The world’s population has grown in number and age over time. It is estimated that the world’s population will grow by another 0.5 billion persons within the next seven to eight years, and over the next 25 years average life expectancy will increase by 4.5 years.1 An aging population with more chronic diseases poses a challenge to the healthcare system, as these patients are expected to be admitted more often and for a longer duration. Consequently, the number of admitted patients may exceed the limited number of available hospital beds. Therefore, it is necessary to reconsider where else patients can be observed within the healthcare system. Alternatives such as preventing admission, admission at home, or earlier discharge should be considered. If acute admissions are to be avoided, a need exists for identification of patients at high risk of getting admitted and readmitted.
It is well described that patients with chronic diseases have a considerably higher risk of admission and readmission, e.g., patients with chronic obstructive pulmonary disease (COPD) have a 30-days readmission rate of 20%.2–4 However, predicting early deterioration is challenging. Previous studies have found that spot measurement of vital signs at home were insufficient for predicting acute exacerbation of COPD (AECOPD)5–7 but prediction improves by adding daily self-assessment and measurement of C-reactive protein.6 Another alternative is to admit patients in their own homes.
Patients admitted in their own homes report greater satisfaction8,9 and are more physically active, and mortality may be lower,10 but concerns have been raised regarding home admission and safety. In recent years “telemedicine” has been a priority of politicians due to its potential to relieve healthcare professionals, identify deterioration early, and initiate treatments before illness necessitates admission.11 Continuous monitoring by wearable vital sign sensors is one aspect of telemedicine. The sensors exist and have been validated in-hospital; however, researchers must now determine feasibility for out-of-hospital use.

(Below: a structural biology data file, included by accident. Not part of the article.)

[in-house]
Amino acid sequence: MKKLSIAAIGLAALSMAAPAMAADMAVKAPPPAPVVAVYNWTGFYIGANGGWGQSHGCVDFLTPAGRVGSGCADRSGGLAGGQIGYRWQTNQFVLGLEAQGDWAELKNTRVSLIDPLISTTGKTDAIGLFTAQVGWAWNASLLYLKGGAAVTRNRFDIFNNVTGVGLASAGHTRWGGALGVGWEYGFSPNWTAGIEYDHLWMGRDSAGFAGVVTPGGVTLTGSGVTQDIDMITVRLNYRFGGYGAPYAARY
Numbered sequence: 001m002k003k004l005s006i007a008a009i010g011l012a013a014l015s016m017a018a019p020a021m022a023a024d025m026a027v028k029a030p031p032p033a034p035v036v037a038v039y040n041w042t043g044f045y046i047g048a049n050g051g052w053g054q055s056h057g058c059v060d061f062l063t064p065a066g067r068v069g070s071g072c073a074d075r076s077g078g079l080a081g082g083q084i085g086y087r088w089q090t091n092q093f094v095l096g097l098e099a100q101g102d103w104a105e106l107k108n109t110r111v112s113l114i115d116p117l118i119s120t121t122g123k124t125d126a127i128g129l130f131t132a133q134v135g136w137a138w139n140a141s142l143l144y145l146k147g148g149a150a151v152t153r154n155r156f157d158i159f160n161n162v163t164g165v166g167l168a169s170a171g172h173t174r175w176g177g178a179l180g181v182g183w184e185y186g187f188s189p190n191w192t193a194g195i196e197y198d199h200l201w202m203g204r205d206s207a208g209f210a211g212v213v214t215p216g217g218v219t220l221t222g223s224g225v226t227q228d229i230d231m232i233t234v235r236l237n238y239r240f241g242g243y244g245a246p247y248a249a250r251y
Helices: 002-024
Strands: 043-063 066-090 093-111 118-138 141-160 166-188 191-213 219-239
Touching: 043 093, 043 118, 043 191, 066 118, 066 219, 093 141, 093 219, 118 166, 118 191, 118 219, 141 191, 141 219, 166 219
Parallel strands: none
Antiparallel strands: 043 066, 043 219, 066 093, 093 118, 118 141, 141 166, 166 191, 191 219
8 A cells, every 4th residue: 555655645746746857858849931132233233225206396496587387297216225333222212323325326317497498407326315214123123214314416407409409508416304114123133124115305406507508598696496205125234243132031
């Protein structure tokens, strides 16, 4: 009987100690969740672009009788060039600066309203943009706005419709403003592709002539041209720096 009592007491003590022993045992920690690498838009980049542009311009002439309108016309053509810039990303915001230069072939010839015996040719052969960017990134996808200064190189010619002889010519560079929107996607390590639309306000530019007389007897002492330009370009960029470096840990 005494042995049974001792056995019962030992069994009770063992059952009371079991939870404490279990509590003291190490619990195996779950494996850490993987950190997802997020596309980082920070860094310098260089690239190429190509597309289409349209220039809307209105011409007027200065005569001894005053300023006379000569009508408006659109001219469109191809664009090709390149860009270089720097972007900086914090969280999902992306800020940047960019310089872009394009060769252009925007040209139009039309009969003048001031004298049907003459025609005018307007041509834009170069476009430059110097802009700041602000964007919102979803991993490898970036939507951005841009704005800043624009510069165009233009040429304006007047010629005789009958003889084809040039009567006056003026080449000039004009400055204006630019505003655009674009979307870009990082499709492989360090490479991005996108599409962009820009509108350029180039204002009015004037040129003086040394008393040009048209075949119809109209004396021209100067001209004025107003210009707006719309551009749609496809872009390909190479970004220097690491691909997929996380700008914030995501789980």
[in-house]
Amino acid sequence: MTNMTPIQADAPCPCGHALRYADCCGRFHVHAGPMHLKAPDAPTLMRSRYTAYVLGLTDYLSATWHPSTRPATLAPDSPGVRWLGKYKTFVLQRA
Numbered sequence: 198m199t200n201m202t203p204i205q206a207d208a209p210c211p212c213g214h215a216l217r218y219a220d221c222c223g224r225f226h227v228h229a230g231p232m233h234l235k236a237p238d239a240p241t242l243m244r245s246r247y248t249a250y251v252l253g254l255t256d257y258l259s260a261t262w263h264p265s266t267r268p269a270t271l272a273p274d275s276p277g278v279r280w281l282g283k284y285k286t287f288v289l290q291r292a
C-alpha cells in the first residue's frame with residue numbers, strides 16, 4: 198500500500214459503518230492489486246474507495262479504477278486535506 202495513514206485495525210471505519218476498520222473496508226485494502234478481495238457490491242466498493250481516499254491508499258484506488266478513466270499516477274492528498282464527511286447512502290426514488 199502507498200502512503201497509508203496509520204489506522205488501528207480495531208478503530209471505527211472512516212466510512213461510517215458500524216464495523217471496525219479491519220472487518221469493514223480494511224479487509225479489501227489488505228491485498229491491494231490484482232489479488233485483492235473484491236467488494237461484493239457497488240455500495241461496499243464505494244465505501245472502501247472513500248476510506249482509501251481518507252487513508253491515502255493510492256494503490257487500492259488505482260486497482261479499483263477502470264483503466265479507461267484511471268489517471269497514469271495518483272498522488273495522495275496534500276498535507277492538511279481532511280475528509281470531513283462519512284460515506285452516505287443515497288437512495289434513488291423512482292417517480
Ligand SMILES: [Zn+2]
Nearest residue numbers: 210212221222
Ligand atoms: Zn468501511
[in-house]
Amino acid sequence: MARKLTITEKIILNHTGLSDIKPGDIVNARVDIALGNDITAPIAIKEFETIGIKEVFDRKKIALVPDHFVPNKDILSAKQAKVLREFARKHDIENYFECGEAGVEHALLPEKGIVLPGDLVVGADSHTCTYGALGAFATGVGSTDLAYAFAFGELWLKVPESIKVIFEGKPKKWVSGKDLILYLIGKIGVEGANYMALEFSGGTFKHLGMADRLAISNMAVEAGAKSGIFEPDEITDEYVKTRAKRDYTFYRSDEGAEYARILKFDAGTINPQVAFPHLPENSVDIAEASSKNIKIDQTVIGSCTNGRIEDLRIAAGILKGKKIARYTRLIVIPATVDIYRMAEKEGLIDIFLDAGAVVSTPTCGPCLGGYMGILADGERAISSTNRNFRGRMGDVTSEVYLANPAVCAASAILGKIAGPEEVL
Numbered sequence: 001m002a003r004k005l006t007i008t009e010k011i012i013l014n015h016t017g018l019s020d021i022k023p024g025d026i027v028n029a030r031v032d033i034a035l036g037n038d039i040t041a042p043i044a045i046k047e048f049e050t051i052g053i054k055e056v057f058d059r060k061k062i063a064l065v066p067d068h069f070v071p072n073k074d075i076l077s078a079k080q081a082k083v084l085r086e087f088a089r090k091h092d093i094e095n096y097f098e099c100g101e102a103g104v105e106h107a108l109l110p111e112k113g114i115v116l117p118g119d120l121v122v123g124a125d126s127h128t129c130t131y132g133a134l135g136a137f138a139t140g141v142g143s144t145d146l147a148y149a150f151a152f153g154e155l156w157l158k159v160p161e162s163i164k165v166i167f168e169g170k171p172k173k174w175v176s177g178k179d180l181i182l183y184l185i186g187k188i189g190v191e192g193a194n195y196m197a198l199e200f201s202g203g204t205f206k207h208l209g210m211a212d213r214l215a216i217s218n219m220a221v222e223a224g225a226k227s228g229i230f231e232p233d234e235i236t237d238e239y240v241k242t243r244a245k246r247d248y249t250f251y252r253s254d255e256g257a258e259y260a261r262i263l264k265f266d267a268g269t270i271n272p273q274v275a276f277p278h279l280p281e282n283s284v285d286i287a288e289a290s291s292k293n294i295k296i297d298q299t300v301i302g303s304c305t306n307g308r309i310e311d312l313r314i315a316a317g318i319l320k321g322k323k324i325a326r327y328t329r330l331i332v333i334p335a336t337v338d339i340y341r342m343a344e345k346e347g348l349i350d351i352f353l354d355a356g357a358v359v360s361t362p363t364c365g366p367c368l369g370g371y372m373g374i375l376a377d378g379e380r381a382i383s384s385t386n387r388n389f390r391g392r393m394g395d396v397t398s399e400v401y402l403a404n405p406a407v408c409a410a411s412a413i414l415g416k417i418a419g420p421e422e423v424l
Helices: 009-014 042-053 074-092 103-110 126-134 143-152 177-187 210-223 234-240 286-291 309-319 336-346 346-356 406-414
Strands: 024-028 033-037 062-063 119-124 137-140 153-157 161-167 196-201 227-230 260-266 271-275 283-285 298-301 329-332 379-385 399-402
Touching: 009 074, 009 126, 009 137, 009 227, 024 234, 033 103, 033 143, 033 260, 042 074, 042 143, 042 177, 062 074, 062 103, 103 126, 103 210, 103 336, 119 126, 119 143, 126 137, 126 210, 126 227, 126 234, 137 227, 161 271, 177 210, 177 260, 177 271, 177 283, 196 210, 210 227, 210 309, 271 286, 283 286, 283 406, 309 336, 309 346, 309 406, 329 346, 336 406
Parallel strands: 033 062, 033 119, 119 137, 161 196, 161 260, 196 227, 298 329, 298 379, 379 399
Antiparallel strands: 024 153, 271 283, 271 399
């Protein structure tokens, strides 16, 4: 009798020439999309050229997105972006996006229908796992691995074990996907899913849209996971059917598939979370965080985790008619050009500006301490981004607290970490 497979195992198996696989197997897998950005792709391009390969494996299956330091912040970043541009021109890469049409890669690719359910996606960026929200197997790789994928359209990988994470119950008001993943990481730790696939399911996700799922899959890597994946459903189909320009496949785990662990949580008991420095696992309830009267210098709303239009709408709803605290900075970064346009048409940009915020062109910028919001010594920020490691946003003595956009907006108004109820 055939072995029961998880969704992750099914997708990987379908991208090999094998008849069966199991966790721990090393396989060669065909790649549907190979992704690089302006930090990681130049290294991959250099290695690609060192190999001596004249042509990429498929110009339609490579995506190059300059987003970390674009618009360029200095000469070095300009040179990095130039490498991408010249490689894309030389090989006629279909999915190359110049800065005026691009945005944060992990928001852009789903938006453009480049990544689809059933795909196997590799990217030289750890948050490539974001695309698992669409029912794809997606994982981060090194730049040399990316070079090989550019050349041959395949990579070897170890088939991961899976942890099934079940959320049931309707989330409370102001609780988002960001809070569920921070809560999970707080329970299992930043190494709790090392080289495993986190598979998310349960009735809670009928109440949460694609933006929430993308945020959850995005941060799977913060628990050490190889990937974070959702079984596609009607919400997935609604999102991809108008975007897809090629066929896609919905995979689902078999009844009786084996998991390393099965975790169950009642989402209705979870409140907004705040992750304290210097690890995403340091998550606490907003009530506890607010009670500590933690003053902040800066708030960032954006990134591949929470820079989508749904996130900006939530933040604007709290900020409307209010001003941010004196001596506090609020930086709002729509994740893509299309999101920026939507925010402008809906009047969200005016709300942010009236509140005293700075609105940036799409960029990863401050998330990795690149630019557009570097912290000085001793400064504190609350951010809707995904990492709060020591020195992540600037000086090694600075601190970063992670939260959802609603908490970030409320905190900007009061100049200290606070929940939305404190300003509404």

The aim of this study was to document feasibility of continuous home monitoring, described as duration of valid data collection, and to examine frequency and duration of deviating vital signs during the first days after hospital discharge.
Patients were eligible if they were 18 years or older, were admitted with an acute medical disease based on the International Classification of Diseases, Tenth Revision (ICD-10) classification and noted in the patient’s record, and had a discharge disposition to home. The patients were recruited at Bispebjerg Hospital, Copenhagen, Denmark, in the period August 2021 to May 2022. Patients were excluded if they were allergic to plaster, plastic, or silicone; had an implanted pacemaker or implantable cardioverter-defibrillator (ICD) device; or if they were not able to open the front door for investigator visits. Demographic data and 30-days follow-up were collected from the electronic patient records. The study was approved by the Committees on Health Research Ethics in the Capital Region of Denmark (H-20009132) and registered at ClinicalTrials.gov (NCT05223504). All participants provided written informed consent prior to inclusion.
No formal power calculation was performed, as this was a pragmatic feasibility study intended to provide basis for further studies.
The following wireless monitoring sensors were used to record vital signs continuously:
A single lead electrocardiogram (ECG) patch (Isansys Lifecare, Oxfordshire, UK) placed on the chest. The chest patch measured heart rate (HR) and respiratory rate (RR).
Nonin WristOx 3150 (Nonin Medical inc., Minnesota, USA), a bracelet connected to a finger pulse oximeter measuring peripheral oxygen saturation (SpO2).
A&D ambulatory blood pressure (BP) sensor (A&D Medical, California, USA), a compact, noninvasive, oscillometric upper arm BP sensor.